Click here to return to the main site entry page
Click here to return to the previous page
From an interview with David Roberts - July 2007 - by Donna Aitken
The Gatehouse - Rushden Hall Park

The Park Keeper's cottage next to the Park Gates in High Street South From inside the park gates
The gatehouse adjoined the Coach and Horses
The gatehouse in about 1950 after the
Coach and Horses was demolished
The view from inside the park gates

The gatekeeper’s cottage was situated next to Rushden Hall Park gates that faced the A6 road.  David Roberts was born there in 1935.  His father was Thomas Roberts known to the locals as “Old Tom” who was the park keeper there for many years.  David recalls that the house was quite compact with a kitchen/diner and two bedrooms on the ground floor and just a loft only suitable for storage which was accessible via a steep wooden stair case leading from the kitchen. There was no bathroom.

Tom was responsible for the general upkeep of the park.  He mowed the grass, kept the flower beds tidy and maintained the trees.  He would put out deckchairs on sunny Sunday afternoons around the bandstand that was frequented by the local bands. Rushden Hall was used as a museum at that time. Various other events took place in the park including evening church services once a month. The park was locked at about 10pm on summer evenings and 4.30pm in the winter months.  The local lads always kept an eye out for Tom who would not stand any nonsense from them! They would not dare try to vandalise anything in those days.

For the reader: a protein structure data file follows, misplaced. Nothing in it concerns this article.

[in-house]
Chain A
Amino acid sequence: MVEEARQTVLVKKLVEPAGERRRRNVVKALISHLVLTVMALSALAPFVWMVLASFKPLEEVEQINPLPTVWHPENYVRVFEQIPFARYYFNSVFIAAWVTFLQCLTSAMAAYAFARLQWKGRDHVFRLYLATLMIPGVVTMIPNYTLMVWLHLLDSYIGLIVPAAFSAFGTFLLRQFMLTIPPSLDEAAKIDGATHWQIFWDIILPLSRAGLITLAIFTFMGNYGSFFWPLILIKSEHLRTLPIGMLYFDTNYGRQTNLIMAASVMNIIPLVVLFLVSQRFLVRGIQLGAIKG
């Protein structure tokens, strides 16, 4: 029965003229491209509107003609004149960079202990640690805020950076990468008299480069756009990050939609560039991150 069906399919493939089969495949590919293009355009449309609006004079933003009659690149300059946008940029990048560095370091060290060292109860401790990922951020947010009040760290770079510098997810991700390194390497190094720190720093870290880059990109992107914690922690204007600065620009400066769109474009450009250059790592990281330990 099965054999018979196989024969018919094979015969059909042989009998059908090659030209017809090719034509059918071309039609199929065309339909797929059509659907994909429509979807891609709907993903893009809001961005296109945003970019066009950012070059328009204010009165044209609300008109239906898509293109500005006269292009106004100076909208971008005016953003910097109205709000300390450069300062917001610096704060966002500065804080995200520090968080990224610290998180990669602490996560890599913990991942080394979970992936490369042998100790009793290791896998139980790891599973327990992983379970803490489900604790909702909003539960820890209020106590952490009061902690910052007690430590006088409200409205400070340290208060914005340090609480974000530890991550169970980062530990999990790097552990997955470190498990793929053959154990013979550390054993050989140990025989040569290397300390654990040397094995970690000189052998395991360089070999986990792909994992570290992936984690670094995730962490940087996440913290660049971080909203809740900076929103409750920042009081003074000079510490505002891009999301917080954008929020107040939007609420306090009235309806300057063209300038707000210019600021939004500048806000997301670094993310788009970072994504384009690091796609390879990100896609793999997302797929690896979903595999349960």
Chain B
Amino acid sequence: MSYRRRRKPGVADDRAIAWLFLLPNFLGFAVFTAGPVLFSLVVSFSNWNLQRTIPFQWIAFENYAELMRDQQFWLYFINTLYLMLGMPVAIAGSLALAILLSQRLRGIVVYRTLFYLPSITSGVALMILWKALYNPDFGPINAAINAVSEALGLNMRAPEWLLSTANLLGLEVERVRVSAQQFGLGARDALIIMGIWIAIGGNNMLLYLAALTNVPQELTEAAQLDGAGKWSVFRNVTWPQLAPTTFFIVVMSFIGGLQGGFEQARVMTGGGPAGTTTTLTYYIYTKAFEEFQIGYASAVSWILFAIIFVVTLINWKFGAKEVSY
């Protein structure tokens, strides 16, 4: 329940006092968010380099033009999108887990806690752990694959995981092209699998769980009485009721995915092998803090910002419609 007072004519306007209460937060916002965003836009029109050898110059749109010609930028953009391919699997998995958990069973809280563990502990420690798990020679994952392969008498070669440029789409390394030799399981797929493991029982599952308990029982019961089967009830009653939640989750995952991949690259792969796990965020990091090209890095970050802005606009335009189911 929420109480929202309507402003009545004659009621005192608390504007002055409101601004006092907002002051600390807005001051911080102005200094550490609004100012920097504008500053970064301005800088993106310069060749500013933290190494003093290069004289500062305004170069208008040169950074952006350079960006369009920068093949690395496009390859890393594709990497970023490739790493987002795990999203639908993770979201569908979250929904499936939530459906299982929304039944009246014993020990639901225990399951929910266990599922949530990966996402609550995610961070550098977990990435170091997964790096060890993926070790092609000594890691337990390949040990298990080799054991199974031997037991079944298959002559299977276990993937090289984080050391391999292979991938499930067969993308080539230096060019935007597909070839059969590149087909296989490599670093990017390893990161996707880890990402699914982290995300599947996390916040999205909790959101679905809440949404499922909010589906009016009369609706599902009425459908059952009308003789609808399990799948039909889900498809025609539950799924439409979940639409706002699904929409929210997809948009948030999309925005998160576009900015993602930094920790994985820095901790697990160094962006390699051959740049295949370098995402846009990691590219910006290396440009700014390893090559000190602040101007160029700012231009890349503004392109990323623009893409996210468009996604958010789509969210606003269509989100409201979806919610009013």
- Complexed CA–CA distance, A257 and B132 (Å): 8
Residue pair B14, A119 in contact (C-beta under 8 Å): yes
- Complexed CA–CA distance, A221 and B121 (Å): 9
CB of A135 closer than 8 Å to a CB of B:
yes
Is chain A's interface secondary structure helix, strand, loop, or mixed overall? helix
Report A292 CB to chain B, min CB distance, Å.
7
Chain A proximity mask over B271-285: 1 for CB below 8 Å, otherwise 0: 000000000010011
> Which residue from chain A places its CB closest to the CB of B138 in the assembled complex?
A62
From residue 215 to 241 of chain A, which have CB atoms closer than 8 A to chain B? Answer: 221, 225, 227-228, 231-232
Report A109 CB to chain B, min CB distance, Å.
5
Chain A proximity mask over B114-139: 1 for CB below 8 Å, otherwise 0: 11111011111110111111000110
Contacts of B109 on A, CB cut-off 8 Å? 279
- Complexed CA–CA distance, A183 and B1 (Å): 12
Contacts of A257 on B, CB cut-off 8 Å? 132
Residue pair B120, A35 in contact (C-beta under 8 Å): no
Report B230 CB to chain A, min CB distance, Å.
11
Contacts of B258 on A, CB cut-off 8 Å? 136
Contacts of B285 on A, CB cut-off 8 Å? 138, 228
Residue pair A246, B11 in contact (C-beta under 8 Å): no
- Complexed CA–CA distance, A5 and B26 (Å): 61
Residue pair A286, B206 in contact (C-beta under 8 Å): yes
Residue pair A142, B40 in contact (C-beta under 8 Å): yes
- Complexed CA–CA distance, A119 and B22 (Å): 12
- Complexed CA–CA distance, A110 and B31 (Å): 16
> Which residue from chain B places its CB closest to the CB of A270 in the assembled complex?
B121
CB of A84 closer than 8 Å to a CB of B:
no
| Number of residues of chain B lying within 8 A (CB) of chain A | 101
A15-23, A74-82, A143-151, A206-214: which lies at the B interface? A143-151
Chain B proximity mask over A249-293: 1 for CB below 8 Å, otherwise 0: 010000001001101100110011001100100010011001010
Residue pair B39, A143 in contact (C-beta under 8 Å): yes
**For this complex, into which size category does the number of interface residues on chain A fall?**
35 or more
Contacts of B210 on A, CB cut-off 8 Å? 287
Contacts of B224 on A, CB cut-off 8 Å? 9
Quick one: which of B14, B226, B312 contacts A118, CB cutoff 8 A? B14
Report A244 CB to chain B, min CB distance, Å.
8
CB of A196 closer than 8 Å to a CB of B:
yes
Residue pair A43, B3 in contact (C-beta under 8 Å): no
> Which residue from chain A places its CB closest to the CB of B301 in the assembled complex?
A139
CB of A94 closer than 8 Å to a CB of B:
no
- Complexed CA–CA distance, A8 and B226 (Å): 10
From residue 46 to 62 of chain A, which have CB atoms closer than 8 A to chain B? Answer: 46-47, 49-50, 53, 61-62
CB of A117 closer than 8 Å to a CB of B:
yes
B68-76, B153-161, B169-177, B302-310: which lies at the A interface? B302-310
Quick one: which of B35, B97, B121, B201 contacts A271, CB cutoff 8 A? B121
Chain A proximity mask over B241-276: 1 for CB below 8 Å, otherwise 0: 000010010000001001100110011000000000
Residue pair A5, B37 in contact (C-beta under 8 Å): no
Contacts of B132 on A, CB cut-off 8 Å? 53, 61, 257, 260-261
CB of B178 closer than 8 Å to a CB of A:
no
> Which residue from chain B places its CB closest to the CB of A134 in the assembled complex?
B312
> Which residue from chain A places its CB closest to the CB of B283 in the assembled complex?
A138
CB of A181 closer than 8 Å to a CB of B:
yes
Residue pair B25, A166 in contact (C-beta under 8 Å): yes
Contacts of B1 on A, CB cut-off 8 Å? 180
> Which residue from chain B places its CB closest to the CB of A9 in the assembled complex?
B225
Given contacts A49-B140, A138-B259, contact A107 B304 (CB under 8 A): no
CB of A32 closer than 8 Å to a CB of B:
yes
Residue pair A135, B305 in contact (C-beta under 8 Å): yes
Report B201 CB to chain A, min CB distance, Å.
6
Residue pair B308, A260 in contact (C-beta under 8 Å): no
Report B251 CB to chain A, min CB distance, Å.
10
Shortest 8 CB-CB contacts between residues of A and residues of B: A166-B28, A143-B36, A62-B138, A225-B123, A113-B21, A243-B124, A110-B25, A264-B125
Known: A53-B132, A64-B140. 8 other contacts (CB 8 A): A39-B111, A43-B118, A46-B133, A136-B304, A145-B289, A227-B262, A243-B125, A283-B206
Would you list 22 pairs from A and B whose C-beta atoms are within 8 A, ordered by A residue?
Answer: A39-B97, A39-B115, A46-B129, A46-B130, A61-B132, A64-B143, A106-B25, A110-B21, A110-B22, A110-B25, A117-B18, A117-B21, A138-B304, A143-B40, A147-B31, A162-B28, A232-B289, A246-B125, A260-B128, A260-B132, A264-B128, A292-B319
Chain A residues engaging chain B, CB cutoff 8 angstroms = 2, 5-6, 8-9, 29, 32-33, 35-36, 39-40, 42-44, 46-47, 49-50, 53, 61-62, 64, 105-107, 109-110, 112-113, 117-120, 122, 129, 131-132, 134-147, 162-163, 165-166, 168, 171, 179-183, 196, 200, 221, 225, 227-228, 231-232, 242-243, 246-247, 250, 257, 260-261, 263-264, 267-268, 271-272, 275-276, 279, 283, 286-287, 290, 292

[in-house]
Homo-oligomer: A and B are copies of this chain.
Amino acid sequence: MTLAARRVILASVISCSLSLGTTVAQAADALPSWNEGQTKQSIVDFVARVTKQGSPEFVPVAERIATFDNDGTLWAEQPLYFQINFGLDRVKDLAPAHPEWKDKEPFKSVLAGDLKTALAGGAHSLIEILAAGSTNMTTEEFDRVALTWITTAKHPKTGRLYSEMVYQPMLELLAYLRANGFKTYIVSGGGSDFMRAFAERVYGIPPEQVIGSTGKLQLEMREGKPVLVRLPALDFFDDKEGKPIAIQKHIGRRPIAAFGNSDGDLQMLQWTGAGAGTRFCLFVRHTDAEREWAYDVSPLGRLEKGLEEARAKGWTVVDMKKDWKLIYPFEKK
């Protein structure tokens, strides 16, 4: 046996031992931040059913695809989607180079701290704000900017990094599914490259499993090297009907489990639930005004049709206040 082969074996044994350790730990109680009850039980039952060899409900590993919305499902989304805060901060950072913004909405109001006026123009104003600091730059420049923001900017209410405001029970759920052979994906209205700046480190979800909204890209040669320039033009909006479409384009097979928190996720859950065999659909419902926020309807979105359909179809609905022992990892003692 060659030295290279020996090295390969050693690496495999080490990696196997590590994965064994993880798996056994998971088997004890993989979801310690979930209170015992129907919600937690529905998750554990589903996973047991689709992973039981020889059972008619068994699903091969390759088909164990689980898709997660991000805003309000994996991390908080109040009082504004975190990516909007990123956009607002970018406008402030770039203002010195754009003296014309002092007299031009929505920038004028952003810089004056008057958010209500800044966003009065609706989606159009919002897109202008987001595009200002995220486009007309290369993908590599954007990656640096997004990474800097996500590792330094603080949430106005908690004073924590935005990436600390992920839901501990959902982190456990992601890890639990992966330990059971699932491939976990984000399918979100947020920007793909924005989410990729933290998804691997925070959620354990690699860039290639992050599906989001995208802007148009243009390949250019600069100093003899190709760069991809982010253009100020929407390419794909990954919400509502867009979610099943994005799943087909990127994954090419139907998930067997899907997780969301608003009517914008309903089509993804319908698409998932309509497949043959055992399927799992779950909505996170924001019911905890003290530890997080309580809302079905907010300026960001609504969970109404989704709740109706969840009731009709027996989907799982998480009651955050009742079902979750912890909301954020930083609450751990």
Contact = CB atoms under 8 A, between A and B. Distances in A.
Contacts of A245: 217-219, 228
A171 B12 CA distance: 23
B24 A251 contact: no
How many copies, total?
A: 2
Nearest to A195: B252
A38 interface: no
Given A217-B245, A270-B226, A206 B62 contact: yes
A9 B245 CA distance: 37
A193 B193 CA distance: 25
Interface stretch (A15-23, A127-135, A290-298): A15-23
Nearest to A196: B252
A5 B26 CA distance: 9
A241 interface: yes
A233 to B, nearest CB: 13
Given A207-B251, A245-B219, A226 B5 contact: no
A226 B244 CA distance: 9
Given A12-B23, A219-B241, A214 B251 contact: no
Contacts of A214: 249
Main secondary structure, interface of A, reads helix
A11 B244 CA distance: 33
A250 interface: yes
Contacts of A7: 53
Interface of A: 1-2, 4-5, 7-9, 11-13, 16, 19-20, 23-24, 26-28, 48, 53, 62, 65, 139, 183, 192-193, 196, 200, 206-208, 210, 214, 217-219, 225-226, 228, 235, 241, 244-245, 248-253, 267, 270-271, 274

As a child David used play with his school chums from South End School.  They would often walk along the stream that ran through the park. It led them as far as their school and then under the A6 road as far as Willmotts Farm the other side.  If they went in the opposite direction they could get all the way to Spencer Park.  Many adventures were played out there.

David also remembers that during the Second World War some American forces were billeted in the Hall Park.  At that time it was more heavily wooded on either side of the path that leads from the main gates on the A6 to Hall Avenue.  Nissen Huts were hidden amongst the trees on the right hand side for the men and work shops were built on the left where they worked as mechanics repairing tanks etc.  The American Officers had the use of Rushden Hall itself. 

After the war David was called up for conscription and he thinks that it was during this time that it was decided to demolish the gatekeeper’s cottage.  When he returned home his parents had been moved into one of three flats that adjoined Rushden Hall.  The Hall underwent renovation and David was employed by a Company called “Holyoaks”. He was a qualified plumber and was given the job of replacing the leaded light windows that had been damaged.  He did not have far to travel to work!

Tom Roberts retired from his job as park keeper aged 67 and the family moved out of the flat to a council house in Trafford Road, Rushden where Tom was to remain for the rest of his life.

Note: the cottage was demolished in 1964

Click here to return to the main index of features
Click here to return to the History index
Click here to e-mail us